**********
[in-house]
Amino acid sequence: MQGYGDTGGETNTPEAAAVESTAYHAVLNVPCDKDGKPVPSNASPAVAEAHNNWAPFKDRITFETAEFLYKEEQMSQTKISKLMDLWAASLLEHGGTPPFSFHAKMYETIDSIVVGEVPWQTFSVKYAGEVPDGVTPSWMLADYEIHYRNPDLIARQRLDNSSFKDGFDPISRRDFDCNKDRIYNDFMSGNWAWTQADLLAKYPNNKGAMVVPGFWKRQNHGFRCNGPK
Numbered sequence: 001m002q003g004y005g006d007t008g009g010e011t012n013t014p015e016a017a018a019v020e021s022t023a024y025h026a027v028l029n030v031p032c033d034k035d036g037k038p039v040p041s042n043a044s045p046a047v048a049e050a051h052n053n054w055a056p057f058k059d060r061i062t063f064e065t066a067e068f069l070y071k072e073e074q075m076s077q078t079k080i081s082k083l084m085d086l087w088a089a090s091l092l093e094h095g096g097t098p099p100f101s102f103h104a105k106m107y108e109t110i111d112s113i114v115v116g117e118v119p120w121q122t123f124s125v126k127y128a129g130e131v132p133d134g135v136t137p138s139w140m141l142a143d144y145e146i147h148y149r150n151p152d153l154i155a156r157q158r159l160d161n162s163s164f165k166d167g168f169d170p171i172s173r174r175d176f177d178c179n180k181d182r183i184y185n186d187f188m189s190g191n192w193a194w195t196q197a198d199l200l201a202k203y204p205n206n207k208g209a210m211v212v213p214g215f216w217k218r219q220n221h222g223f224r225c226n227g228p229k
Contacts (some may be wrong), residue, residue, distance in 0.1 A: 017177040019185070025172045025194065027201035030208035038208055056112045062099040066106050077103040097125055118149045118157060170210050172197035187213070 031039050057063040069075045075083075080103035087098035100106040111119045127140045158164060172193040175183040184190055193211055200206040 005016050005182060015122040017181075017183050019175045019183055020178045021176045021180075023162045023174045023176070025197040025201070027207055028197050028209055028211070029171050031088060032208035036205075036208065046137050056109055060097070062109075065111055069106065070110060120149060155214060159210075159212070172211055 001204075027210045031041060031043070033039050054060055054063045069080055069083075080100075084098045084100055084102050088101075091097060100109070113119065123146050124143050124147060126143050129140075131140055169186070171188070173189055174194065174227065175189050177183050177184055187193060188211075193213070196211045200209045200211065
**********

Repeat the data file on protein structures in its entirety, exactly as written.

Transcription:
[in-house]
Amino acid sequence: MQGYGDTGGETNTPEAAAVESTAYHAVLNVPCDKDGKPVPSNASPAVAEAHNNWAPFKDRITFETAEFLYKEEQMSQTKISKLMDLWAASLLEHGGTPPFSFHAKMYETIDSIVVGEVPWQTFSVKYAGEVPDGVTPSWMLADYEIHYRNPDLIARQRLDNSSFKDGFDPISRRDFDCNKDRIYNDFMSGNWAWTQADLLAKYPNNKGAMVVPGFWKRQNHGFRCNGPK
Numbered sequence: 001m002q003g004y005g006d007t008g009g010e011t012n013t014p015e016a017a018a019v020e021s022t023a024y025h026a027v028l029n030v031p032c033d034k035d036g037k038p039v040p041s042n043a044s045p046a047v048a049e050a051h052n053n054w055a056p057f058k059d060r061i062t063f064e065t066a067e068f069l070y071k072e073e074q075m076s077q078t079k080i081s082k083l084m085d086l087w088a089a090s091l092l093e094h095g096g097t098p099p100f101s102f103h104a105k106m107y108e109t110i111d112s113i114v115v116g117e118v119p120w121q122t123f124s125v126k127y128a129g130e131v132p133d134g135v136t137p138s139w140m141l142a143d144y145e146i147h148y149r150n151p152d153l154i155a156r157q158r159l160d161n162s163s164f165k166d167g168f169d170p171i172s173r174r175d176f177d178c179n180k181d182r183i184y185n186d187f188m189s190g191n192w193a194w195t196q197a198d199l200l201a202k203y204p205n206n207k208g209a210m211v212v213p214g215f216w217k218r219q220n221h222g223f224r225c226n227g228p229k
Contacts (some may be wrong), residue, residue, distance in 0.1 A: 017177040019185070025172045025194065027201035030208035038208055056112045062099040066106050077103040097125055118149045118157060170210050172197035187213070 031039050057063040069075045075083075080103035087098035100106040111119045127140045158164060172193040175183040184190055193211055200206040 005016050005182060015122040017181075017183050019175045019183055020178045021176045021180075023162045023174045023176070025197040025201070027207055028197050028209055028211070029171050031088060032208035036205075036208065046137050056109055060097070062109075065111055069106065070110060120149060155214060159210075159212070172211055 001204075027210045031041060031043070033039050054060055054063045069080055069083075080100075084098045084100055084102050088101075091097060100109070113119065123146050124143050124147060126143050129140075131140055169186070171188070173189055174194065174227065175189050177183050177184055187193060188211075193213070196211045200209045200211065